What they are really doing here, is trying to attach the label of paedophile to a person so that they can justify the extreme and violent actions that they wish, or are intending to do to this person.
The power of this language is so great, that the most vicious and aggressive in our society often speak openly of their wish to perpetuate such violence upon the paedophiles in our community, despite the unlikelihood that they would ever meet one. Mention paedophiles in polite conversation, and you’ll often come across someone who seems to switch personality almost instantly, while they tell you of the vicious actions they wish to perpetuate on a paedophile.
This socially justifiable violence is problematic. In Queensland the issue of ‘gay panic’ has seen a lot of scrutiny lately as a series of grisly murders have come to the attention of the wider community, all of which had attempted to use the ‘gay Panic’ defence in court.
My email correspondence from ‘Pugsley’ was no different. Throughout the text Pugsley speaks of violence that he wishes to perpetuate upon all of these groups, while quietly inferring that he would do suchlike upon myself if I continue to get in his way of his right to attack these people.
I’ve seen Pugsley’s online friends use the same language as well. I’ve also watched his friends and others whom he is acquainted with label quite a broad section of people that have opposed them has ‘paedophiles’, thus diminishing their standing in our community while justifying the kinds of ‘justified’ violence that people like Pugsley wish to inflict upon them.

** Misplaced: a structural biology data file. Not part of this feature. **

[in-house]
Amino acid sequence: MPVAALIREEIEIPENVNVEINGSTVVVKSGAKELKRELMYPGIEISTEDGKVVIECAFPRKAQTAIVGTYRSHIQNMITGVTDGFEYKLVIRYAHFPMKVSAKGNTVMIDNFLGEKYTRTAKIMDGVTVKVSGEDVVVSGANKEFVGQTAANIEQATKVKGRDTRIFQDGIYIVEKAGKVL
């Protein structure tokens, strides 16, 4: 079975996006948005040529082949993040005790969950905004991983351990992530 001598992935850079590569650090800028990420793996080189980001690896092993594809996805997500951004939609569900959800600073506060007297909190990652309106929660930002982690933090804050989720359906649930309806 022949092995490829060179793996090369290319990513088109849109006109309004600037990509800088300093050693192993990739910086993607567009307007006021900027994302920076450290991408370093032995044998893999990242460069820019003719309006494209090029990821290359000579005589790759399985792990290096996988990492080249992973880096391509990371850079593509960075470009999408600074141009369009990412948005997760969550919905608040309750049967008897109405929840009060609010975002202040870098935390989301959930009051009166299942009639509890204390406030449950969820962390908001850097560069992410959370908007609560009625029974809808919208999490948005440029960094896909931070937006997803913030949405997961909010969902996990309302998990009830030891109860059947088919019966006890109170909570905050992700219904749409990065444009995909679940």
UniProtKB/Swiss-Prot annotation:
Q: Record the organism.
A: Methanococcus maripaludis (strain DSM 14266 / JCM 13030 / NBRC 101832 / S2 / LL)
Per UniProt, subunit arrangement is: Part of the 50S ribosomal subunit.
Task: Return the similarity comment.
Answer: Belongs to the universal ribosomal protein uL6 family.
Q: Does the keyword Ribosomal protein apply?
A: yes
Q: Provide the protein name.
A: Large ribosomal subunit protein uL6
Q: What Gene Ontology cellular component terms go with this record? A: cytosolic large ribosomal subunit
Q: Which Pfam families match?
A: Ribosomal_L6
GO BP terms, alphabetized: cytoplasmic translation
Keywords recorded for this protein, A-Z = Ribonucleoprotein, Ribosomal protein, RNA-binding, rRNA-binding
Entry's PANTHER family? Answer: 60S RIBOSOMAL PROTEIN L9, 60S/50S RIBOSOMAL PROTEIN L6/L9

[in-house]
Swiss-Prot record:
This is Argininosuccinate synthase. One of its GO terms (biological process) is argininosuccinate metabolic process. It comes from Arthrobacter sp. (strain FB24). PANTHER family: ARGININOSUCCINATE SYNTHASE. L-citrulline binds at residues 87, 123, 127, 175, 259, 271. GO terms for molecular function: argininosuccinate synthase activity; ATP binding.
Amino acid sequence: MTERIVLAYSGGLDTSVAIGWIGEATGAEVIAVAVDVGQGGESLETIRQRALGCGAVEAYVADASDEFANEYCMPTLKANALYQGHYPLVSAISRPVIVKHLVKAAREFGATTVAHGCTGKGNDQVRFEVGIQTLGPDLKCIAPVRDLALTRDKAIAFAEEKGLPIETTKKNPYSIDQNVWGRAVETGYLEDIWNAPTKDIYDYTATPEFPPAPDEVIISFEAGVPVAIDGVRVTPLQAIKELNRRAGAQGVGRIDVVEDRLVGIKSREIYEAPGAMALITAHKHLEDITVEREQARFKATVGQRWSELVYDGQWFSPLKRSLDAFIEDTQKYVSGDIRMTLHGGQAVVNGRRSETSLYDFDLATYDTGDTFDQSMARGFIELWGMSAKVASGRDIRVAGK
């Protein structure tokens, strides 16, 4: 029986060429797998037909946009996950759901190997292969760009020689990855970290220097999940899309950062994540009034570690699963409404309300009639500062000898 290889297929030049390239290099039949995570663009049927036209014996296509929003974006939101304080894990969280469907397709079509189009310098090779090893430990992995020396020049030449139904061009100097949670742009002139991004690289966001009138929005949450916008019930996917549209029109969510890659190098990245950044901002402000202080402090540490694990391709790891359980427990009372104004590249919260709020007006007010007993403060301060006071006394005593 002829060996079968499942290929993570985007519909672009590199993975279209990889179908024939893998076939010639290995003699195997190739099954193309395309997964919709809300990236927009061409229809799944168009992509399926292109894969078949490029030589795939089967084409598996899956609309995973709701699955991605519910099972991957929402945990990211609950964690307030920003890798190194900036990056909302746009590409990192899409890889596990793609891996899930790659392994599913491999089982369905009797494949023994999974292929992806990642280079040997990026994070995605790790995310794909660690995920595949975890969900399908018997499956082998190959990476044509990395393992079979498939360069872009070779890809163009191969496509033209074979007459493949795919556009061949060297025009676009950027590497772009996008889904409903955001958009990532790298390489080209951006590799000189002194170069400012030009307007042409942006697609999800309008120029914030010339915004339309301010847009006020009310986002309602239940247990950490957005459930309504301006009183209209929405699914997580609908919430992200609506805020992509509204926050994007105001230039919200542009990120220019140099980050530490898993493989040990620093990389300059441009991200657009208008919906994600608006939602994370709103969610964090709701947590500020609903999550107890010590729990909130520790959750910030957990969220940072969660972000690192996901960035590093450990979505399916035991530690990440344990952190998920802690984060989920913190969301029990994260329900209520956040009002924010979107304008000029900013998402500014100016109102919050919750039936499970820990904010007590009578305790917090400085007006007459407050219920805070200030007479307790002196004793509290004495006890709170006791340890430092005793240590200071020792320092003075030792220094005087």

Another serious side effect of this abuse of the term ‘paedophile’, is that slowly the label will no longer be as powerful as it once was. Slowly the community will become blasé about the label of paedophile, and people making that accusation. Crying wolf, so to speak. This is a dangerous outcome which could quickly put the lives of children at risk.
Where will Pugsley and friends, the great (ineffectual) defenders against paedophilia, be then?
Do you really wish to have a community that can justify all kinds of horrific violence, yet actually make it easier for the real evils in our society to hide?